Music Class

Anthony Maiello
Conducting -- A Hands-On Approach

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This comprehensive text by Anthony Maiello on the art of conducting is designed to be hands on, user friendly, playable by any instrumentation, a step-by-step approach to baton technique, great for use with a wind, string or voice conducting class, and excellent as a refresher course for all conductors at all levels of ability. The 232-page book covers a variety of conducting issues and the included CD contains all the musical exercises in the book (there are more than 100).

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Anthony Maiello
Conducting -- A Hands-On Approach


Available from:

This comprehensive DVD on the art of conducting covers a wide variety of conducting issues and techniques, from fundamental movements and patterns to asymmetrical and changing meters. Containing a step-by-step approach to baton technique and great for use with a wind, string or voice conducting class, Conducting: A Hands-On Approach features a variety of musical examples and styles utilizing a live ensemble.

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A conductor is the leader of a band, orchestra, choir or other large group of musicians, usually ten or more. Without him, such a large group may not be as well coordinated and this may affect the performance. The conductor should be a musician himself and should have studied music as well as conducting. It is not necessary for him to be a virtuoso, however many world-class conductors are.

Conducting is actually a specific art and technique. The person doing it is actually embodying the composer's essence, and, as such, interpreting the piece of music and coordinating the musicians so as to have coherence and shape. Let me explain more.

One of the most important aspects is how hand gestures are used. Usually (mostly because there are more right-handed people), the right hand is responsible for tempo and rhythm (time or metric signatures) such as 2/4, 3/4 or compound ones like 6/4, 6/8, 9/8, etc. Each time signature has its own particular hand and arm motion and so should be done correctly. Though many evolve these gestures, it always adheres to the main. The left hand is responsible for various other things such as cuing for entrances of different instruments, dynamics (loudness and softness), phrasings, staccatos and legatos, articulations, characterization, etc. These hand motions must be practiced and done naturally, without strain and with ease. A conductor may also communicate with facial expressions.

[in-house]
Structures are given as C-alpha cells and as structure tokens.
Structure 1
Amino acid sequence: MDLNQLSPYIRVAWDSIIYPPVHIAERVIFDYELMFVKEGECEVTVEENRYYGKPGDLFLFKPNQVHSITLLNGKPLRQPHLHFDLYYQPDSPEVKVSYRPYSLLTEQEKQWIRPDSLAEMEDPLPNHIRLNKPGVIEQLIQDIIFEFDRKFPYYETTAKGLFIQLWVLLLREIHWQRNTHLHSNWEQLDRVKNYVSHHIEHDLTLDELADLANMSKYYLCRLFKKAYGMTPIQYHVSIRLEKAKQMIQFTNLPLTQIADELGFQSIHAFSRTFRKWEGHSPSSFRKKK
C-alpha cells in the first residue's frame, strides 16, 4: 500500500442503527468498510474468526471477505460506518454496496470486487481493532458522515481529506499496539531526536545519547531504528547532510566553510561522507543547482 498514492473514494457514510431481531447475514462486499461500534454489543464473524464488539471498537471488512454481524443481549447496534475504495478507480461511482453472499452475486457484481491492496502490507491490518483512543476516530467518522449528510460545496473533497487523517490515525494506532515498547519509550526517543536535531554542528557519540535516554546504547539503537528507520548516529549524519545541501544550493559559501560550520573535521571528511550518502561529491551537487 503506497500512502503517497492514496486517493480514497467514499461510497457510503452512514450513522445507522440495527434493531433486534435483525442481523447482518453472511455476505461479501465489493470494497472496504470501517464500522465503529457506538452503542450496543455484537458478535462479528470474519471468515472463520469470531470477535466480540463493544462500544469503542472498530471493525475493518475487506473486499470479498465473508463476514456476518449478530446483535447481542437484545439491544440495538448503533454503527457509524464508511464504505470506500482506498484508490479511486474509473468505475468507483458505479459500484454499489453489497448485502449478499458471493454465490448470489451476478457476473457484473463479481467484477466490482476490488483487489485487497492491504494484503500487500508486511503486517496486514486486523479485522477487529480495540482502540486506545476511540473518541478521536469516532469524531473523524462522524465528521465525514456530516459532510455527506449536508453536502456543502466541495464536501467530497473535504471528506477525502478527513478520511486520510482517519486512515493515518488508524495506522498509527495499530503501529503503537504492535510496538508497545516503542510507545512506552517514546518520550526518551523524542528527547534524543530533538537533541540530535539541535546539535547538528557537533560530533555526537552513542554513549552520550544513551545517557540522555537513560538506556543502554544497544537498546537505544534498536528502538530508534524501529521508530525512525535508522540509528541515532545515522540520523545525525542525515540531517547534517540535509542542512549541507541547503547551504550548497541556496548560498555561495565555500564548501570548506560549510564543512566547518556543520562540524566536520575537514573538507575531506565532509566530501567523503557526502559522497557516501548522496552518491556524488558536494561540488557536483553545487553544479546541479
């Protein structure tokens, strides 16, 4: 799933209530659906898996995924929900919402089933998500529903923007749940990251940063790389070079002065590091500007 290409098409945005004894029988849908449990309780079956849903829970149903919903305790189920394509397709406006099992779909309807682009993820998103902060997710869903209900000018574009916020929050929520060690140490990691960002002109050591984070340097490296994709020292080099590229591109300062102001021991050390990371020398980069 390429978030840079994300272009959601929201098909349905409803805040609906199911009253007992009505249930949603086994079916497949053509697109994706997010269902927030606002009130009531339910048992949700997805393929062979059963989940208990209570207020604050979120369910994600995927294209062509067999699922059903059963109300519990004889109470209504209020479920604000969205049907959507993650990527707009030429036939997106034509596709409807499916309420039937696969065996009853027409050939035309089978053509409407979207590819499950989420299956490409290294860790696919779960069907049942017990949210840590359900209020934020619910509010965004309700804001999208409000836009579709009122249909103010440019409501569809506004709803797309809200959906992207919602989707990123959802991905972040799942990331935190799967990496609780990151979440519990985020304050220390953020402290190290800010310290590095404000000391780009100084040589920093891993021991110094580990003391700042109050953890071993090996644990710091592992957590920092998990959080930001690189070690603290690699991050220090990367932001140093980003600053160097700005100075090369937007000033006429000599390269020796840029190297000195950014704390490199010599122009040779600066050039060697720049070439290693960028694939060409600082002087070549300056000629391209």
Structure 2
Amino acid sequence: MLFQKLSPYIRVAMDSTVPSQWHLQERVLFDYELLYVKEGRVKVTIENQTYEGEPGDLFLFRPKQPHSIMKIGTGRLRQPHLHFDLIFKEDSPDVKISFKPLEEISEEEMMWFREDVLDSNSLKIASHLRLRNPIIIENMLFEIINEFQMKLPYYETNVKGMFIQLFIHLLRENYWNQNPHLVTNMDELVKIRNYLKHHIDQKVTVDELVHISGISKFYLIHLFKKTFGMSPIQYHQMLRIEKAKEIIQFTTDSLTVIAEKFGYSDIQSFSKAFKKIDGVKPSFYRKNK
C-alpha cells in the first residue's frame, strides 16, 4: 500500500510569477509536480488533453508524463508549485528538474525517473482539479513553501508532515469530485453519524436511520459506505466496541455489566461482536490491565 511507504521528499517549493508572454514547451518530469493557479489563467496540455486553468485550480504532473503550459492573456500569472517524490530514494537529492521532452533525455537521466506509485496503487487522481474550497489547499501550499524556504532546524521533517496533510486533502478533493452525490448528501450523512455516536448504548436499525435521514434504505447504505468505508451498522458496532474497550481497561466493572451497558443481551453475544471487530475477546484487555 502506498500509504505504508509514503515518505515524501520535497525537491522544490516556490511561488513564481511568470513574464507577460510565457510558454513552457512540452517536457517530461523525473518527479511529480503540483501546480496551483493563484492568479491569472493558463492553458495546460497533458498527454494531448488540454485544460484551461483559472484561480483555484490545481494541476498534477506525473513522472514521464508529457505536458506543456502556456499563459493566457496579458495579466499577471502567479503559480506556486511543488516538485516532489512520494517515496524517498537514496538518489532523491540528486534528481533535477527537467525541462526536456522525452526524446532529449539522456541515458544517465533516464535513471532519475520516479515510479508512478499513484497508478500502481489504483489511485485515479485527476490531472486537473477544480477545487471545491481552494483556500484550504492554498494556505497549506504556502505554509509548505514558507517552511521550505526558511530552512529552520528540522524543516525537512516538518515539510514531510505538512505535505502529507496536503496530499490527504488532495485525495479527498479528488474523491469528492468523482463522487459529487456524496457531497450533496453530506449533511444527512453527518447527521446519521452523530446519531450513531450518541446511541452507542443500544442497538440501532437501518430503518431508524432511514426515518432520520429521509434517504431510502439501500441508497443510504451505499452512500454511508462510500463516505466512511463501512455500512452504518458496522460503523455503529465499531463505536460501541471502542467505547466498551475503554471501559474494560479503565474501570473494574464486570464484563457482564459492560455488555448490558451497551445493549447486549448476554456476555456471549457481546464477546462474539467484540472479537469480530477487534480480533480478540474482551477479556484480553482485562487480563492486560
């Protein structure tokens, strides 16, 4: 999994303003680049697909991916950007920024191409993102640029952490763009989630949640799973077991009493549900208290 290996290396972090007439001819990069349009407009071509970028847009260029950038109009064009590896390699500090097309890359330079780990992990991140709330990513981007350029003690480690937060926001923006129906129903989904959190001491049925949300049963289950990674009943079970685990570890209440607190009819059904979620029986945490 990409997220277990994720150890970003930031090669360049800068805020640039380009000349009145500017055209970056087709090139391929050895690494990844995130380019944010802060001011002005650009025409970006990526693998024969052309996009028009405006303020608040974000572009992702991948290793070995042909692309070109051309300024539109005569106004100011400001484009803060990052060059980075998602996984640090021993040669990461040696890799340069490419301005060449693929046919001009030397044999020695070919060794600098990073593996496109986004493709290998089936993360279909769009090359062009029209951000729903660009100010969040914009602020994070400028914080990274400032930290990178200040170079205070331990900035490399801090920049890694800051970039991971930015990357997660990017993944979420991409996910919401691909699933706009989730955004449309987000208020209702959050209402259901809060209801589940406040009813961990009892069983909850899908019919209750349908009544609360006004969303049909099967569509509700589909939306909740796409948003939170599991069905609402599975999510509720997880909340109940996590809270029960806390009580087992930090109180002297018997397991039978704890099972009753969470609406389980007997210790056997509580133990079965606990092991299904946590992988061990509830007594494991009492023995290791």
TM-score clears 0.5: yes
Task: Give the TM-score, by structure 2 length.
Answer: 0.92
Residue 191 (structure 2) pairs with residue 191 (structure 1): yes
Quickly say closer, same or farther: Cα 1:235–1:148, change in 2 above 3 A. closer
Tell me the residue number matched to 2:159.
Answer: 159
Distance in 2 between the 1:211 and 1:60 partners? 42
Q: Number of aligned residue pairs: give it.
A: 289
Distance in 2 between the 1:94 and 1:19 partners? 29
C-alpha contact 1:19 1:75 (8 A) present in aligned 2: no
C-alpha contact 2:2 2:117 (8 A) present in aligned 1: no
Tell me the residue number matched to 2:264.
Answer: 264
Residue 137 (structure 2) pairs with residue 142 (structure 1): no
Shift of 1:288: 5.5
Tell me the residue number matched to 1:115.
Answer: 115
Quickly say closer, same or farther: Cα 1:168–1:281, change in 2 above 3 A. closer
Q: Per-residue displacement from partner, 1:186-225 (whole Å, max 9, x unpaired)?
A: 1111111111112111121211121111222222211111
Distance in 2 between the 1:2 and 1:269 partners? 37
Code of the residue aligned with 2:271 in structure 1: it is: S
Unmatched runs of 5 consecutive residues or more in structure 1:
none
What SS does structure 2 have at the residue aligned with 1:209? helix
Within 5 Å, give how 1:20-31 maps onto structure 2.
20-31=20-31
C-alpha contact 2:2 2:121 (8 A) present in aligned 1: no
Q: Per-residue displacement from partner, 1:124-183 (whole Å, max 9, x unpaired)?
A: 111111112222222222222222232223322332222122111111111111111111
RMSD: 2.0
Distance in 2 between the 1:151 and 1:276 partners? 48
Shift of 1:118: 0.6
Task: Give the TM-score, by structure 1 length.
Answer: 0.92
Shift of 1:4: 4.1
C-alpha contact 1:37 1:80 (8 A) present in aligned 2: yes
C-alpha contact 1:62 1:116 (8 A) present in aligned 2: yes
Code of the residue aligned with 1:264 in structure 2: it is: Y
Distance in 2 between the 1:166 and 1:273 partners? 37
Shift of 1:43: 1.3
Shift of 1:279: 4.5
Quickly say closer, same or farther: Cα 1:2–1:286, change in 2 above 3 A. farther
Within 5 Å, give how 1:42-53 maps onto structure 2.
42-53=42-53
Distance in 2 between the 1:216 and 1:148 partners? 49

Gestural movements and body language are done naturally. For example, during a downbeat, the motion is to move physically downward. Or, to cut off a note, it is done with a circular motion. Big gestures indicate loudness; small gestures indicate softness.

A conductor is essentially a leader and should possess leadership qualities on top of his musical ones. Some musical people like to conduct a recorded orchestra. That is quite often a sign of talent for conducting and should pursue learning it professionally, which will minimally help them as musicians.

Pianists and instrumentalists can also play and conduct at the same time. This is done with head and body gestures while playing and with hands while not. But any person, whether a pianist, instrumentalist or conductor, should have studied conducting. It is a precise technique and, if done incorrectly, can actually throw off an entire performance and make it lose its integrity.

Therefore, it is a myth to think that anybody can just get up and conduct, especially non-musicians. This is violated in schools very often, primarily due to budget cuts in music programs. An example that I have observed of incorrect conducting was a violinist who was a music teacher at a private school. She did not know conducting and her beats were misplaced, which caused a poor performance and miseducation in her students. This might not seem important. However, what was at stake here was the musical appreciation that many children may have missed out on during the window of opportunity they had. Even worse was another instance where a group of home room teachers, not even musicians, were given the task of conducting a choir in choral workshops.

A miseducation in music results in a lack of appreciation, which has deeper effects, given the powerful nature and benefit for humans that music possesses. If music was so unimportant, then why are there doctorate degrees offered in higher learning institutions for it? Therefore, it is almost sometimes better to not teach anything than to teach it incorrectly. It is like trying to learn a language and learning how to babble jibber-jabber instead. There is no real benefit and no communication results. And conducting is one of the most insidious aspects of learning music, especially for youngsters in schools. So, it must be known correctly.

All musicians are encouraged to at least study the basics of conducting. It makes one much more alert if they do. And who knows, you might even discover a talent you never knew of before.

About The Author

Evelyn Simonian is a pianist and music teacher who applies "music with movement" to her students. She has been featured in televised interviews as well as several magazine and newspaper articles.